7th Cir. Explains Wisconsin Voter ID Decision

     CHICAGO (CN) – Voting rights proponents suffered a close defeat Tuesday as half of the 7th Circuit explained why it upheld Wisconsin’s voter ID law, while the other half blasted the decision as blatantly disenfranchising 300,000 mostly minority voters.
     Because of the 5-5 split at the 7th Circuit, the federal appeals court confirmed the decision.
     The split was ideological. President George W. Bush appointees Diane Sykes and John Tinder joined Reagan appointees Frank Easterbrook, Joel Flaum and Michael Kanne to uphold the law.
     Opposed were Chief Judge Diane Wood, a liberal anchor of the court, Obama-appointee David Hamilton and Clinton appointee Ann Claire Williams joined Wood, as did frequent iconoclast Richard Posner, a Reagan appointee, and Judge Ilana Rovner, appointed by the elder Bush.
     The Wisconsin law has bounced between courts all year.
     The 7th Circuit on Sept. 11 overturned a federal judge’s finding that Wisconsin had violated the Constitution and the Voting Rights Act.
     Opponents of the law, including the American Civil Liberties Union, the AFL-CIO, churches and Latino advocacy groups, asked for reconsideration. In response , Wisconsin avoided the issues of race and class that dominated both oral arguments and the district court’s opinion. On Friday, the 7th Circuit declined to rehear the suit en banc, and on Tuesday it issued its opinion.
     “Requiring would-be voters to spend time to obtain photographic identification does not violate the Constitution,” Easterbrook wrote.
     His opinion avoids race and class as well: “The number of registered voters without a qualifying photo ID (which the judge estimated at 300,000) appears to reflect how many persons have not taken the necessary time” to obtain it, “rather than a number of persons who have been disfranchised.”
     Easterbrook brushed aside concerns of voter confusion and unfairness ahead of the November elections, saying the law “was enacted in May 2011. Voters in Wisconsin who did not already have a document that Wisconsin accepts have had more than three years to get one.”
     Easterbrook added: “It would be extraordinary for a federal court to tell state officials that they are forbidden to implement a state law, just because federal judges predict that they will turn out to be wrong in thinking that 7+ weeks, plus work done between May 2011 and the district court’s injunction in April 2014, is enough.”
     For the other half of the court, Judge Ann Claire Williams issued a strongly worded dissent: “It simply cannot be the answer to say that 90 percent of registered voters can still vote. To say that is to accept the disenfranchisement of 10 percent of a state’s registered voters; for the state to take this position is shocking.”
     Blasting the state’s claim that “the voter ID law will have little impact on the vast majority of voters,” Judge Williams added: “The right to vote is not the province of just the majority. It is not just held by those who have cars and so already have driver’s licenses and by those who travel and so already have passports.”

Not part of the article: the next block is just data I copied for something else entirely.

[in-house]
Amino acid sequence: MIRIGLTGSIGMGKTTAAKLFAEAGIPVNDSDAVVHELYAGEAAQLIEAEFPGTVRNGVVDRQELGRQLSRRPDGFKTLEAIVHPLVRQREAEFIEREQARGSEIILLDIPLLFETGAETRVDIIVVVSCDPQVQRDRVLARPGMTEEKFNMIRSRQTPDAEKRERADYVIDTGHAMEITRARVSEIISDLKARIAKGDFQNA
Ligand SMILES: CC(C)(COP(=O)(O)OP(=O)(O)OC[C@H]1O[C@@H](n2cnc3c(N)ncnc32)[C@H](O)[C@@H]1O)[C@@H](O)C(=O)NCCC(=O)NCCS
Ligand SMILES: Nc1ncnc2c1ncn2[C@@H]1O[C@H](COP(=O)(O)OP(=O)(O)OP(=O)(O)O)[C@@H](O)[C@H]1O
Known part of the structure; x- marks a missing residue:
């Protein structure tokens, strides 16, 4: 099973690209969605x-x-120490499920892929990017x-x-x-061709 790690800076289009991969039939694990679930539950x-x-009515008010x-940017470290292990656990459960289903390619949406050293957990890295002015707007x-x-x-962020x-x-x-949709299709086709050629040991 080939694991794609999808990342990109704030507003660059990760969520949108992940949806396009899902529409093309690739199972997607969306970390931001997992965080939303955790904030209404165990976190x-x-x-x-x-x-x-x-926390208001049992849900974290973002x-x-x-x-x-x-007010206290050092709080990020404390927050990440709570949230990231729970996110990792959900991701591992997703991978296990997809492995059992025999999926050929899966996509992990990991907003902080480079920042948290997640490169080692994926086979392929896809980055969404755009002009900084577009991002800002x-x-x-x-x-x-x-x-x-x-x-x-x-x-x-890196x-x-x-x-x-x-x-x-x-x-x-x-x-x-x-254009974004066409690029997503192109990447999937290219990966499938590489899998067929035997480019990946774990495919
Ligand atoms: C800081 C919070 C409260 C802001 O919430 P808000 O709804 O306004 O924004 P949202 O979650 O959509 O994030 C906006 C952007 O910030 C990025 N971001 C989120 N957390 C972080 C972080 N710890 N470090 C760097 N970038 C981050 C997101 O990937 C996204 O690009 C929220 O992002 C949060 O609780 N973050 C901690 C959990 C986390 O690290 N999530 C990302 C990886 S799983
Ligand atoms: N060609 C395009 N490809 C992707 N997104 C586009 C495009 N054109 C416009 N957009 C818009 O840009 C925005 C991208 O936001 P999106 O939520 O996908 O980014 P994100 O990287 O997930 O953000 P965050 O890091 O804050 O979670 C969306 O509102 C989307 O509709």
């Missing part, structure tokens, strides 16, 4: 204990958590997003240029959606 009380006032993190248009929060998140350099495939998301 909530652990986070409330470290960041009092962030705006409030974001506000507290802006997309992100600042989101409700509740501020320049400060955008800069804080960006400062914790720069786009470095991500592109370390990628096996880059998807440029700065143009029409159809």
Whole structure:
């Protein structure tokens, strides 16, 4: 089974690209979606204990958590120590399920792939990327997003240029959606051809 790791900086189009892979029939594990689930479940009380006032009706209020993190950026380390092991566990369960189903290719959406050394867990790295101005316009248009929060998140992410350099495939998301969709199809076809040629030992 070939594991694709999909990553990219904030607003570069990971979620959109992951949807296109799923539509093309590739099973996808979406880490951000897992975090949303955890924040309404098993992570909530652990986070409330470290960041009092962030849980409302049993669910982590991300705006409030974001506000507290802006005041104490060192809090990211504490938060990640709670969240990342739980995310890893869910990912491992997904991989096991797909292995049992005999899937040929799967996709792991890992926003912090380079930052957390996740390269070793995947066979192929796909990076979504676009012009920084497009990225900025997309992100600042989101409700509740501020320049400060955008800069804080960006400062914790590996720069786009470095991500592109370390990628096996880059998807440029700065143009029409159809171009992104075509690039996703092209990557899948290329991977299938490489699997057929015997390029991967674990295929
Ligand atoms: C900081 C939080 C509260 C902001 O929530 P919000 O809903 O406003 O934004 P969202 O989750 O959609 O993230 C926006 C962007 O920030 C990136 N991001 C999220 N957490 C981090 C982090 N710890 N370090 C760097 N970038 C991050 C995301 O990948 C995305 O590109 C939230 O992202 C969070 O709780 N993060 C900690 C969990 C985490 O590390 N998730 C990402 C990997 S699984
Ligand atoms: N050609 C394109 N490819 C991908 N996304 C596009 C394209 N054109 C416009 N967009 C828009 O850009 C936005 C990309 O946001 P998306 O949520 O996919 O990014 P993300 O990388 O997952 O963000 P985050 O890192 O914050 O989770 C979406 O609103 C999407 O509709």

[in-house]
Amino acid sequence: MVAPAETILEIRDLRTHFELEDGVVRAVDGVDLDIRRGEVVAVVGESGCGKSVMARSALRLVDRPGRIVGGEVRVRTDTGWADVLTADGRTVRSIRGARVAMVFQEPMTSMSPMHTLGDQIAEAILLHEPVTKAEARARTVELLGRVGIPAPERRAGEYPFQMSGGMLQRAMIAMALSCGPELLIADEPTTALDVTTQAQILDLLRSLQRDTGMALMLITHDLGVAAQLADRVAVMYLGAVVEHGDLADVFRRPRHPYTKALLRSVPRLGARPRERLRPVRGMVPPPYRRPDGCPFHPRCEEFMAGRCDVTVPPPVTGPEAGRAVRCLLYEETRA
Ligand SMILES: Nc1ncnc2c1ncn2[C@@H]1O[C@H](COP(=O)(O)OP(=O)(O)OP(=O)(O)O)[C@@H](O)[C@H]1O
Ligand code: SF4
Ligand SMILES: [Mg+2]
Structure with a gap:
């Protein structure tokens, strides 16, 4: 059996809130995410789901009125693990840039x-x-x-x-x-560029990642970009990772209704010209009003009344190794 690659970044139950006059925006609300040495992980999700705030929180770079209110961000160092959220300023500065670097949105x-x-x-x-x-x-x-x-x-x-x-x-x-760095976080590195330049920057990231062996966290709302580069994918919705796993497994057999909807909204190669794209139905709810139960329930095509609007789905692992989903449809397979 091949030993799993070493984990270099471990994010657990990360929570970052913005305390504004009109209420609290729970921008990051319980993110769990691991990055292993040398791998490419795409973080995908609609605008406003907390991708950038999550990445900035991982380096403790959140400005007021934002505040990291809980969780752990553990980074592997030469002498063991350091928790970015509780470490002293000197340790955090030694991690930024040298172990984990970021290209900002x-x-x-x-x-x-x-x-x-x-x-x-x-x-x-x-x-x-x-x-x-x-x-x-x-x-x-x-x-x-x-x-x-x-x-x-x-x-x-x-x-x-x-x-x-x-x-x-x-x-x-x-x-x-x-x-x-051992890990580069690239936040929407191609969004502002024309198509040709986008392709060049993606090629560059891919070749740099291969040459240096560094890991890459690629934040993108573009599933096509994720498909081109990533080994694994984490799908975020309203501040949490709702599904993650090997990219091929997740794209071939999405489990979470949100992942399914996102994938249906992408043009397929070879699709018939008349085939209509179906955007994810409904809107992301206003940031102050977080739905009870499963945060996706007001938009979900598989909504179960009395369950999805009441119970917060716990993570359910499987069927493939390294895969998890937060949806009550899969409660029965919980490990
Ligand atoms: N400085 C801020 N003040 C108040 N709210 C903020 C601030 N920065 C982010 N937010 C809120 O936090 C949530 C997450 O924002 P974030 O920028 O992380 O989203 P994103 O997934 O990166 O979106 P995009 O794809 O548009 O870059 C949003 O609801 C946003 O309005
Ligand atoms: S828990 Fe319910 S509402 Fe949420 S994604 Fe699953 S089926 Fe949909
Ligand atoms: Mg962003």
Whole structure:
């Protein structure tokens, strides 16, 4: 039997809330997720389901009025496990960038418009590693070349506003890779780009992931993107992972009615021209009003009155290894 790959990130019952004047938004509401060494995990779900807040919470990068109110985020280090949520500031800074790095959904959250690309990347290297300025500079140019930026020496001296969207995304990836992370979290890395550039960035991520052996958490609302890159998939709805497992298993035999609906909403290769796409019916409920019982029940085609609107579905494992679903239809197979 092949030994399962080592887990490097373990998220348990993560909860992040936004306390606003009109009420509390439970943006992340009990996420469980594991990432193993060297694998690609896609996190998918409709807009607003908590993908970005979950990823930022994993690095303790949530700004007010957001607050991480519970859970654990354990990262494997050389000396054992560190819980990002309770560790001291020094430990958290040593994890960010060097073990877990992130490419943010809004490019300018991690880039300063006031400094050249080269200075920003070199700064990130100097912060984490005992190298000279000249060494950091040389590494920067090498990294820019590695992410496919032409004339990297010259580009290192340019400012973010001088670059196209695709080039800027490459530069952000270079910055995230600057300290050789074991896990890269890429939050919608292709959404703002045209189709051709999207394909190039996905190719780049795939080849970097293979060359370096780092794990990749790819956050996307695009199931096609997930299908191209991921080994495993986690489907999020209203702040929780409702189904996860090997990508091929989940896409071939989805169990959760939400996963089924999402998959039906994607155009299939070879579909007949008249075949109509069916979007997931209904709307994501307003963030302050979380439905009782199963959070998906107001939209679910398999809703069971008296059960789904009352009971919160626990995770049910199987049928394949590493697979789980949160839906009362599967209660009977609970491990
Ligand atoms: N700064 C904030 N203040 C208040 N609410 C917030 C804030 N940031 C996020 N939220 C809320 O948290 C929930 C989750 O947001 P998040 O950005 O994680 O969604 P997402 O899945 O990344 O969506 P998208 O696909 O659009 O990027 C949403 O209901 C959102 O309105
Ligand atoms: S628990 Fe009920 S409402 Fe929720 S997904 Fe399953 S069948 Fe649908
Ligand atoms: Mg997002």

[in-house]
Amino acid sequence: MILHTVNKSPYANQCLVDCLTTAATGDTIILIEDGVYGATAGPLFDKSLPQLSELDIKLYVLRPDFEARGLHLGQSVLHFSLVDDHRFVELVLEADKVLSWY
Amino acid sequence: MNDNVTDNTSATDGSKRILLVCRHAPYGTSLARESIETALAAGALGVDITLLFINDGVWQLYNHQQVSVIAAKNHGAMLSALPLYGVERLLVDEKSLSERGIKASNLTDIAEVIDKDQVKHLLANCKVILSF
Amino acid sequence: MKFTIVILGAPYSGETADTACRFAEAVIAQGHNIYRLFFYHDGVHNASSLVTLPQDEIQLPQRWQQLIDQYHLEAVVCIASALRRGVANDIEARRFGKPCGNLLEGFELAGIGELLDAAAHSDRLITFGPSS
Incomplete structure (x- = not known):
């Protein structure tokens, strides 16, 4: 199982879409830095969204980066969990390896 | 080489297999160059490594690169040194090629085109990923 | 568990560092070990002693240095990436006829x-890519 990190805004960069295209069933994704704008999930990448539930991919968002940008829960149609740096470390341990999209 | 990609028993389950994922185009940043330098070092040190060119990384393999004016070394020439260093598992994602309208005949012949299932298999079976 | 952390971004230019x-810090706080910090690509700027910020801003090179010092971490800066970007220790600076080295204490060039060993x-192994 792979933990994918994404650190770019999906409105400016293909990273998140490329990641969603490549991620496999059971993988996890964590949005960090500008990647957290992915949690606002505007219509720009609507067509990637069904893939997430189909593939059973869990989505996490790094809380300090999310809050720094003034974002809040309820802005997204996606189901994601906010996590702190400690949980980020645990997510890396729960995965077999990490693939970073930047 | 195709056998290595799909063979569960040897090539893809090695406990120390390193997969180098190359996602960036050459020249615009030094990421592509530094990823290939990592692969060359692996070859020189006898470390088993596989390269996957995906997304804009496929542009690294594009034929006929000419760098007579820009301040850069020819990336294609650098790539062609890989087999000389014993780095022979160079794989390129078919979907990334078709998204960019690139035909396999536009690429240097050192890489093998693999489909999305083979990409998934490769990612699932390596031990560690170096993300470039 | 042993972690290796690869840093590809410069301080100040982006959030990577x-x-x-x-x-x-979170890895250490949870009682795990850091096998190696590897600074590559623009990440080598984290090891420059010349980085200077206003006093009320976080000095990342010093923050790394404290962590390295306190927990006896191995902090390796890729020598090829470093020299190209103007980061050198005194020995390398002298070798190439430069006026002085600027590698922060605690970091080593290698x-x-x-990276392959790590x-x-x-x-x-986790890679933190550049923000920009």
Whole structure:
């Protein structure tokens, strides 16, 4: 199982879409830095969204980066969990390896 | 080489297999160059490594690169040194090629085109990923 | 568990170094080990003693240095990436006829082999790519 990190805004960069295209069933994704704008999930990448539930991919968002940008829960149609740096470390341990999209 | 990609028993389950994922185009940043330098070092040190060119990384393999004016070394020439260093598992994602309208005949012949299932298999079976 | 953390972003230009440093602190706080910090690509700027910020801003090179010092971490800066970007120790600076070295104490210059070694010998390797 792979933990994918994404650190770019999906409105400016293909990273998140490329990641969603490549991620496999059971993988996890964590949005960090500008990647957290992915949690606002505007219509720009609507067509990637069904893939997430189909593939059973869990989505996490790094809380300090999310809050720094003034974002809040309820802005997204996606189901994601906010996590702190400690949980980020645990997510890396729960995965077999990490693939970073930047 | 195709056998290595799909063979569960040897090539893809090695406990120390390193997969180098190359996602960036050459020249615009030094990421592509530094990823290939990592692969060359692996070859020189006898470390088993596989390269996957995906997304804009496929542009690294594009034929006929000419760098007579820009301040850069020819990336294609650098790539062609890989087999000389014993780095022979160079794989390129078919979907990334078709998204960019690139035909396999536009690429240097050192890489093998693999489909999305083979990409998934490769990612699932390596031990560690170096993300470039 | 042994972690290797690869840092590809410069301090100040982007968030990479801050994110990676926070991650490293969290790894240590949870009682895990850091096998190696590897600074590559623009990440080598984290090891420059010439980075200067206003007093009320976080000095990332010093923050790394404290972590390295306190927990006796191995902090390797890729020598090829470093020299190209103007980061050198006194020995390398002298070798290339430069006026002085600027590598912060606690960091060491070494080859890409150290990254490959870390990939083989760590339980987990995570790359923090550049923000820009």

Williams emphasized that these 300,000 people are “registered voters – registered voters, not just persons eligible to vote.” She continued: “To put this number in context, the 2010 governor’s race in Wisconsin was decided by 124,638 votes and the election for United States Senator by 105,041 votes.”
     The dissent also points out that waiting to implement the law would not harm the state: “The state has conducted hundreds of elections without a voter identification requirement. It had been preparing for months to do the same again.”
     It goes on: “It is simply impossible – as a matter of common sense and of logistics – that hundreds of thousands of Wisconsin’s voters will both learn about the need for photo identification and obtain the requisite identification in the next 36 days.”
     Unlike Easterbrook, Williams did not avoid the issue of race. Contrasting the district court’s judgment with those in past voter ID cases, Williams wrote that “the experienced judge concluded that Wisconsin’s voter identification law had a disproportionate impact on African Americans and Latinos, was unconstitutional, and violated the Voting Rights Act.”
     The logistical nightmare goes further, as the dissent says that “thousands of absentee ballots that were mailed to voters before the panel’s order” will now “not count when returned in the manner their instructions direct, for they do not comply with the Wisconsin voter identification law.”
     The battle is not over, as this order simply vacates the district court’s injunction against the law, in light of what Easterbrook called Wisconsin’s “strong prospect of success on appeal.”
     More proceedings look likely after the November elections.

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